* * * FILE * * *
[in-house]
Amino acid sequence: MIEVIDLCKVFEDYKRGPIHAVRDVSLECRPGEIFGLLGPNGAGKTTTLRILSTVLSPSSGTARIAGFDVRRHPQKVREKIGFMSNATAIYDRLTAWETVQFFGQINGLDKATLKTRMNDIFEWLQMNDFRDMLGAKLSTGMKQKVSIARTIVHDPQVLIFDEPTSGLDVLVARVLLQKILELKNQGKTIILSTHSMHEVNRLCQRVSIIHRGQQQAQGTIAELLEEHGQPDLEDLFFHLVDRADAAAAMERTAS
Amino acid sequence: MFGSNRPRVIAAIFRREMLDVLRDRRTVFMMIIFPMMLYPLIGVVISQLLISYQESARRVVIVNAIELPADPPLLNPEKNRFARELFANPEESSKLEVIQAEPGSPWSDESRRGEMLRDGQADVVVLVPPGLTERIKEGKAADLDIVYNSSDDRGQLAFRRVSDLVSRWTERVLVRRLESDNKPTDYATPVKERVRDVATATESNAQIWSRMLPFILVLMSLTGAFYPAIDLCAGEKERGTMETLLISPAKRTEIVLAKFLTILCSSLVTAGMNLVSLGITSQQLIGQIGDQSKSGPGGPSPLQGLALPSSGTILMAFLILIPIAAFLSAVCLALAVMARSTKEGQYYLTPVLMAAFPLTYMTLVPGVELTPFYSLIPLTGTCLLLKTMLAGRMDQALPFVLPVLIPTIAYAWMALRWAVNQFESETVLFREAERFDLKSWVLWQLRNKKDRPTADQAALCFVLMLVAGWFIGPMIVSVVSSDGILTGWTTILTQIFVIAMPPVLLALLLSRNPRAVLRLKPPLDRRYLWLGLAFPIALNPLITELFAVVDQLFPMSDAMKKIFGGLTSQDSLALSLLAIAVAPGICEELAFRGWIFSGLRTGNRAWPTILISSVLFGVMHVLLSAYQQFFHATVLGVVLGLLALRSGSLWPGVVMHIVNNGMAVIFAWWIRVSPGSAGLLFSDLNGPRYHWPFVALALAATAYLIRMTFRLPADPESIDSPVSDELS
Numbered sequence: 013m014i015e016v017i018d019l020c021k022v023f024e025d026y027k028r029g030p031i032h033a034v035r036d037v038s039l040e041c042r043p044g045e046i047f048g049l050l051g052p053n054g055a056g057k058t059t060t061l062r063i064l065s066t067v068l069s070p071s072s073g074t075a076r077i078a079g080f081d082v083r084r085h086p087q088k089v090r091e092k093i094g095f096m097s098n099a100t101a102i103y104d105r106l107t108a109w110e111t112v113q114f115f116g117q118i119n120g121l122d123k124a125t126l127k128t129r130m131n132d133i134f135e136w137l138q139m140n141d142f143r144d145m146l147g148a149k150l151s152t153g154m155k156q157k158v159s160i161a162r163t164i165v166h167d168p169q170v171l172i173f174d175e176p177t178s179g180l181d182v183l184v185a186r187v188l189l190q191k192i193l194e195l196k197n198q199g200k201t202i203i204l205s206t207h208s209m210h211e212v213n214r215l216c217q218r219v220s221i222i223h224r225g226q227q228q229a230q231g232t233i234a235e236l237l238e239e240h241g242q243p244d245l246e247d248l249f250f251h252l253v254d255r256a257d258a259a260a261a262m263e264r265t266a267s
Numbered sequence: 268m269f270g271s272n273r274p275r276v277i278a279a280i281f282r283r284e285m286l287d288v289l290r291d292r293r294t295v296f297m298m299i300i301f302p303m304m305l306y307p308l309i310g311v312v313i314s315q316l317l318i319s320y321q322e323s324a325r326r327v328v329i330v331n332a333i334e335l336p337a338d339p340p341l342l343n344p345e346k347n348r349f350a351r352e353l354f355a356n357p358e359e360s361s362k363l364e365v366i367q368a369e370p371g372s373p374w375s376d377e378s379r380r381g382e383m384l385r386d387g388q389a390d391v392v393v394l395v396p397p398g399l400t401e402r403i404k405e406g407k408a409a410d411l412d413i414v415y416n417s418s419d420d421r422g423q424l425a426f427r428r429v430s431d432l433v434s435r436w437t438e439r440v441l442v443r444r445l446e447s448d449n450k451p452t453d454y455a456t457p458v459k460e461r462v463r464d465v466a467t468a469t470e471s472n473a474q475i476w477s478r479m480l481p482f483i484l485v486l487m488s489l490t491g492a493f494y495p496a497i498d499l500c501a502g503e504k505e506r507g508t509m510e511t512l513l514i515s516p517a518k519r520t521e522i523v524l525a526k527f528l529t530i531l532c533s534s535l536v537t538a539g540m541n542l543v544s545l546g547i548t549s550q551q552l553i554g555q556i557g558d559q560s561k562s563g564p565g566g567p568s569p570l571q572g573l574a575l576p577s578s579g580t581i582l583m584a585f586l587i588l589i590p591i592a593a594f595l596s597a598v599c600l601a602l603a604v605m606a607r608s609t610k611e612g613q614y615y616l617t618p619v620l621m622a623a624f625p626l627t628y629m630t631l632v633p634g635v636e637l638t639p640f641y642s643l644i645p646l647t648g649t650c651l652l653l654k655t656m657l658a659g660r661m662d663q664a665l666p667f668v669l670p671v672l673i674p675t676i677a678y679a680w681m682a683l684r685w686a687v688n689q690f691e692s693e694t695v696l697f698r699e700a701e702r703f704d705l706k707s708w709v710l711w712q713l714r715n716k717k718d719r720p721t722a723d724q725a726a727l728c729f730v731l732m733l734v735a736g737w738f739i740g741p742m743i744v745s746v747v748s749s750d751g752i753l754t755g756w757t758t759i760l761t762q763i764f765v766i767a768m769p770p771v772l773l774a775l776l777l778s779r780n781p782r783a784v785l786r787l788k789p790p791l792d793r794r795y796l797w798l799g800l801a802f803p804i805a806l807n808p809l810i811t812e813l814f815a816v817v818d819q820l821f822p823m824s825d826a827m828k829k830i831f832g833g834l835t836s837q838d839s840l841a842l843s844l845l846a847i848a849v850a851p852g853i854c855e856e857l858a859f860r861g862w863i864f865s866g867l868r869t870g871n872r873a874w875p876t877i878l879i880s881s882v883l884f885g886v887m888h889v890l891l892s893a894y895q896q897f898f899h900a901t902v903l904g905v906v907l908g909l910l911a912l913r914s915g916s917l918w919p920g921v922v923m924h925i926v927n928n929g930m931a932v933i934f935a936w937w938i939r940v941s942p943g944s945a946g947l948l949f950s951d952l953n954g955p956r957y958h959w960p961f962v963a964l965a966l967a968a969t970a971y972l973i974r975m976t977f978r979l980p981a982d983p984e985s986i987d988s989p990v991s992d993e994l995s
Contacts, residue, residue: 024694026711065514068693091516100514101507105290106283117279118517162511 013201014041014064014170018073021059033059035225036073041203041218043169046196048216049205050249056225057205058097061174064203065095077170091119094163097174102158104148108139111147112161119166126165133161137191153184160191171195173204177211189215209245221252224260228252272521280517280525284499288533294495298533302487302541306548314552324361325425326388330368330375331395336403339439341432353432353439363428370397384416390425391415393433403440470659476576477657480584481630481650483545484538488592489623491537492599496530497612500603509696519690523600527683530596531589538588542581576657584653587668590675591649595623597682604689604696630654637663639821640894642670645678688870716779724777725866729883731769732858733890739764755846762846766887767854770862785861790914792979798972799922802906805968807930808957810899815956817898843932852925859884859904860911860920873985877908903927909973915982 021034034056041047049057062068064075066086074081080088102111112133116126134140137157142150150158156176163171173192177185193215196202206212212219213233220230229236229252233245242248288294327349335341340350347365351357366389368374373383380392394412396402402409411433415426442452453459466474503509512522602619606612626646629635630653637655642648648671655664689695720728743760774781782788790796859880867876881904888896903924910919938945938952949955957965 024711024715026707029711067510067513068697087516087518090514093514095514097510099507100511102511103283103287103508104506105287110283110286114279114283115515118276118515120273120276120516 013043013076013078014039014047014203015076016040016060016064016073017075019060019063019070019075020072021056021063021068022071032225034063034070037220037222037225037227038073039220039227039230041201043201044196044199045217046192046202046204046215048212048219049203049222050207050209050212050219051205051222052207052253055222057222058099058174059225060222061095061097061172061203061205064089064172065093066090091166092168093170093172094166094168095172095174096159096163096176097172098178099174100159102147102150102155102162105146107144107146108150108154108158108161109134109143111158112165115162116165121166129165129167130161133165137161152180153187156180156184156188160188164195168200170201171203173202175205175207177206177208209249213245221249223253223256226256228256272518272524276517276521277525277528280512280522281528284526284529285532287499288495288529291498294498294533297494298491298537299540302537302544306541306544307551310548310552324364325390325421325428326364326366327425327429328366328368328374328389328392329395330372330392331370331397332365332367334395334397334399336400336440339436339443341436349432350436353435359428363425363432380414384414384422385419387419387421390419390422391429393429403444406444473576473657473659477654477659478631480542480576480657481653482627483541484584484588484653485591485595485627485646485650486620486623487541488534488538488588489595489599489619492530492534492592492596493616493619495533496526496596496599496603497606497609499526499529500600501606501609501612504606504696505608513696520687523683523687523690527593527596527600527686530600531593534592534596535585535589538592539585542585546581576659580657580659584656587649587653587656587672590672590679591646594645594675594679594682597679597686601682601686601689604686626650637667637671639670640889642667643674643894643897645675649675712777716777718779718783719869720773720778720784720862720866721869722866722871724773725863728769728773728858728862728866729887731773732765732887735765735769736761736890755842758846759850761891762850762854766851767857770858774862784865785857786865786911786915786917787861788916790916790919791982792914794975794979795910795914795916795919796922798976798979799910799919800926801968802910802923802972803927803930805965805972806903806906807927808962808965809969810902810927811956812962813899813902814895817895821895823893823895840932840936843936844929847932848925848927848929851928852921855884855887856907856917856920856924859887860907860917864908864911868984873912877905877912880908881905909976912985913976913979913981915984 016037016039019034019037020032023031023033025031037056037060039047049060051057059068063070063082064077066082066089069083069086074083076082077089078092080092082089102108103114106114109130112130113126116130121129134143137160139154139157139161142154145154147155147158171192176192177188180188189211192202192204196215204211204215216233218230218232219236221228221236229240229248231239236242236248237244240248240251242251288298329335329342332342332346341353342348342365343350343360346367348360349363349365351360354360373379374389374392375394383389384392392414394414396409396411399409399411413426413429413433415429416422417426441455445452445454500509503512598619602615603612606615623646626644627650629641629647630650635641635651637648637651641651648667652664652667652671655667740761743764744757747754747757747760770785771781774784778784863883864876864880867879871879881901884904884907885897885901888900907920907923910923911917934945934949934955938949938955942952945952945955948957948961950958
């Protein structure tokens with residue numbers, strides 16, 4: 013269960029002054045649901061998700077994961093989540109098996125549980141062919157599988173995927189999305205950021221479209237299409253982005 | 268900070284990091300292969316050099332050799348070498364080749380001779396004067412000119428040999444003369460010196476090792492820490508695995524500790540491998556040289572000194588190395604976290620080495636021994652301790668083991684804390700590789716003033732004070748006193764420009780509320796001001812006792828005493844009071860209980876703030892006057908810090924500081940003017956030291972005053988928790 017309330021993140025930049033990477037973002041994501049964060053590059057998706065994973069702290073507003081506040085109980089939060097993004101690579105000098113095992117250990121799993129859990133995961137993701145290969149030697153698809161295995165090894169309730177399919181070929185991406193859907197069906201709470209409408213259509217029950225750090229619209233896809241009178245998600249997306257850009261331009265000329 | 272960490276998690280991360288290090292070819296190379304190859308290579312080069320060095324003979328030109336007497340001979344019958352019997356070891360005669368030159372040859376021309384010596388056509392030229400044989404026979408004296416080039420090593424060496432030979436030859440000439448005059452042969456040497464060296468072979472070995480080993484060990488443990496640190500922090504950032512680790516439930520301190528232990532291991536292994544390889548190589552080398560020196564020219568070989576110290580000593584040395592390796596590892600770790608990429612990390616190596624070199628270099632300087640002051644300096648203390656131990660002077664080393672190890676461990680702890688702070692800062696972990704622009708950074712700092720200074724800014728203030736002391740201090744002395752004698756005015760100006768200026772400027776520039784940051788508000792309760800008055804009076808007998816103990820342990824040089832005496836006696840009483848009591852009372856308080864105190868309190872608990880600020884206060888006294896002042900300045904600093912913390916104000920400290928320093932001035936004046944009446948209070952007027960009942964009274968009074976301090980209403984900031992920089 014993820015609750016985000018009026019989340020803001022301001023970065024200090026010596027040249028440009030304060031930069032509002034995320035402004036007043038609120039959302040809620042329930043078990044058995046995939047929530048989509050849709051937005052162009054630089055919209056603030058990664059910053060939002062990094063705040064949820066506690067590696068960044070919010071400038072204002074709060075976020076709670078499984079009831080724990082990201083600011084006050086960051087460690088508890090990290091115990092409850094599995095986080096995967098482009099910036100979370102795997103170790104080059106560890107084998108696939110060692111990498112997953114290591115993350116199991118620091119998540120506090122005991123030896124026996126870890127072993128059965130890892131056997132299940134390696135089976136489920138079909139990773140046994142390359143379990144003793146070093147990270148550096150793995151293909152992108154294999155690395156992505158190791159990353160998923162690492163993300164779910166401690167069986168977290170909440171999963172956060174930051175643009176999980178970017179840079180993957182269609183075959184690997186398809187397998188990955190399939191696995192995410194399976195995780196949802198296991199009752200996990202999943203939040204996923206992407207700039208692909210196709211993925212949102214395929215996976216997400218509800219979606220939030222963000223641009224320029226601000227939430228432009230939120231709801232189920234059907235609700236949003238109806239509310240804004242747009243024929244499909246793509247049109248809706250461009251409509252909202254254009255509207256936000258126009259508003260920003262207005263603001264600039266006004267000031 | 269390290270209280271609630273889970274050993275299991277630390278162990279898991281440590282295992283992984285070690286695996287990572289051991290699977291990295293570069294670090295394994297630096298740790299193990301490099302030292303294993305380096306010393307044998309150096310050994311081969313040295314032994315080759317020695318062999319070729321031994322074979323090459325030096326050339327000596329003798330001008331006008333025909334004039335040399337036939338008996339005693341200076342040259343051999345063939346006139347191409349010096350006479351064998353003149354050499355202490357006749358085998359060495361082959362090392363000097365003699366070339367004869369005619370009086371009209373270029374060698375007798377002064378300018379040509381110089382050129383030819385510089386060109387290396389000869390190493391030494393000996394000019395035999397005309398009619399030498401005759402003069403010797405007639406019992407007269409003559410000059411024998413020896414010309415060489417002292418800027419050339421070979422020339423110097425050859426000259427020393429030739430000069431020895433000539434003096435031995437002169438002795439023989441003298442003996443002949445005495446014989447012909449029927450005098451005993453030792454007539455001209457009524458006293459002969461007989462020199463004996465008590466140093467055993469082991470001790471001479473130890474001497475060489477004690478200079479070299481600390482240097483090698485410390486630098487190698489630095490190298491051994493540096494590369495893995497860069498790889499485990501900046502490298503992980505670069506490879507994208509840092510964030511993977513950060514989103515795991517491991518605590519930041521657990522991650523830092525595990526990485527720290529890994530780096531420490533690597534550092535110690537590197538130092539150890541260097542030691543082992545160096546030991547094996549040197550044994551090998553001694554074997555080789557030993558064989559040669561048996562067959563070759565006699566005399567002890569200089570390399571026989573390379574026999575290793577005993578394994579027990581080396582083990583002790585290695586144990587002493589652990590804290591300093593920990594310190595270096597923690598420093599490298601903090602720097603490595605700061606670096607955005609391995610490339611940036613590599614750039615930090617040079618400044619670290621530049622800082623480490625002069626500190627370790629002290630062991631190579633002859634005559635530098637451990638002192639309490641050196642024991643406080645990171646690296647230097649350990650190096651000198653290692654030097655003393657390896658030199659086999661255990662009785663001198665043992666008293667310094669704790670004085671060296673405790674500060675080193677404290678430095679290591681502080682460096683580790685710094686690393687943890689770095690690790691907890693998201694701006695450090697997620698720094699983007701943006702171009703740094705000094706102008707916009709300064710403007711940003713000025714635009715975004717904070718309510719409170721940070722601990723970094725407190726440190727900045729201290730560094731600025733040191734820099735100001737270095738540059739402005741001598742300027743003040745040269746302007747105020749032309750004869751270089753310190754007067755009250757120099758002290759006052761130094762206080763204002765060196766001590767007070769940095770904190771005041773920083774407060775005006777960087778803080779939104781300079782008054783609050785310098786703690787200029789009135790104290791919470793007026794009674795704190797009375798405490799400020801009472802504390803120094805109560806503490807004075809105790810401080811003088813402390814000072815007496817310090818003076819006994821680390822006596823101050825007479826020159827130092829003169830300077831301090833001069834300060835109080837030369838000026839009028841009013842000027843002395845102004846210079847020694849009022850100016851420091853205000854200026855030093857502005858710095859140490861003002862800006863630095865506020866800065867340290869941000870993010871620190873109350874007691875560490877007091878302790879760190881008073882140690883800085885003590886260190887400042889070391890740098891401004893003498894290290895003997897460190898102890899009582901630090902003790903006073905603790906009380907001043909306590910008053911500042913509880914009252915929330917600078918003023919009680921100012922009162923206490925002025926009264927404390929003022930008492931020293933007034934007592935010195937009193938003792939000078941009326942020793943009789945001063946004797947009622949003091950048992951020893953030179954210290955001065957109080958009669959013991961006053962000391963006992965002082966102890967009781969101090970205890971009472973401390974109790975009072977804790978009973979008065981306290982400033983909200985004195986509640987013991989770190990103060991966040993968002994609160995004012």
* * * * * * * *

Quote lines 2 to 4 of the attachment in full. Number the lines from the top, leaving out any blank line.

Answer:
Amino acid sequence: MIEVIDLCKVFEDYKRGPIHAVRDVSLECRPGEIFGLLGPNGAGKTTTLRILSTVLSPSSGTARIAGFDVRRHPQKVREKIGFMSNATAIYDRLTAWETVQFFGQINGLDKATLKTRMNDIFEWLQMNDFRDMLGAKLSTGMKQKVSIARTIVHDPQVLIFDEPTSGLDVLVARVLLQKILELKNQGKTIILSTHSMHEVNRLCQRVSIIHRGQQQAQGTIAELLEEHGQPDLEDLFFHLVDRADAAAAMERTAS
Amino acid sequence: MFGSNRPRVIAAIFRREMLDVLRDRRTVFMMIIFPMMLYPLIGVVISQLLISYQESARRVVIVNAIELPADPPLLNPEKNRFARELFANPEESSKLEVIQAEPGSPWSDESRRGEMLRDGQADVVVLVPPGLTERIKEGKAADLDIVYNSSDDRGQLAFRRVSDLVSRWTERVLVRRLESDNKPTDYATPVKERVRDVATATESNAQIWSRMLPFILVLMSLTGAFYPAIDLCAGEKERGTMETLLISPAKRTEIVLAKFLTILCSSLVTAGMNLVSLGITSQQLIGQIGDQSKSGPGGPSPLQGLALPSSGTILMAFLILIPIAAFLSAVCLALAVMARSTKEGQYYLTPVLMAAFPLTYMTLVPGVELTPFYSLIPLTGTCLLLKTMLAGRMDQALPFVLPVLIPTIAYAWMALRWAVNQFESETVLFREAERFDLKSWVLWQLRNKKDRPTADQAALCFVLMLVAGWFIGPMIVSVVSSDGILTGWTTILTQIFVIAMPPVLLALLLSRNPRAVLRLKPPLDRRYLWLGLAFPIALNPLITELFAVVDQLFPMSDAMKKIFGGLTSQDSLALSLLAIAVAPGICEELAFRGWIFSGLRTGNRAWPTILISSVLFGVMHVLLSAYQQFFHATVLGVVLGLLALRSGSLWPGVVMHIVNNGMAVIFAWWIRVSPGSAGLLFSDLNGPRYHWPFVALALAATAYLIRMTFRLPADPESIDSPVSDELS
Numbered sequence: 013m014i015e016v017i018d019l020c021k022v023f024e025d026y027k028r029g030p031i032h033a034v035r036d037v038s039l040e041c042r043p044g045e046i047f048g049l050l051g052p053n054g055a056g057k058t059t060t061l062r063i064l065s066t067v068l069s070p071s072s073g074t075a076r077i078a079g080f081d082v083r084r085h086p087q088k089v090r091e092k093i094g095f096m097s098n099a100t101a102i103y104d105r106l107t108a109w110e111t112v113q114f115f116g117q118i119n120g121l122d123k124a125t126l127k128t129r130m131n132d133i134f135e136w137l138q139m140n141d142f143r144d145m146l147g148a149k150l151s152t153g154m155k156q157k158v159s160i161a162r163t164i165v166h167d168p169q170v171l172i173f174d175e176p177t178s179g180l181d182v183l184v185a186r187v188l189l190q191k192i193l194e195l196k197n198q199g200k201t202i203i204l205s206t207h208s209m210h211e212v213n214r215l216c217q218r219v220s221i222i223h224r225g226q227q228q229a230q231g232t233i234a235e236l237l238e239e240h241g242q243p244d245l246e247d248l249f250f251h252l253v254d255r256a257d258a259a260a261a262m263e264r265t266a267s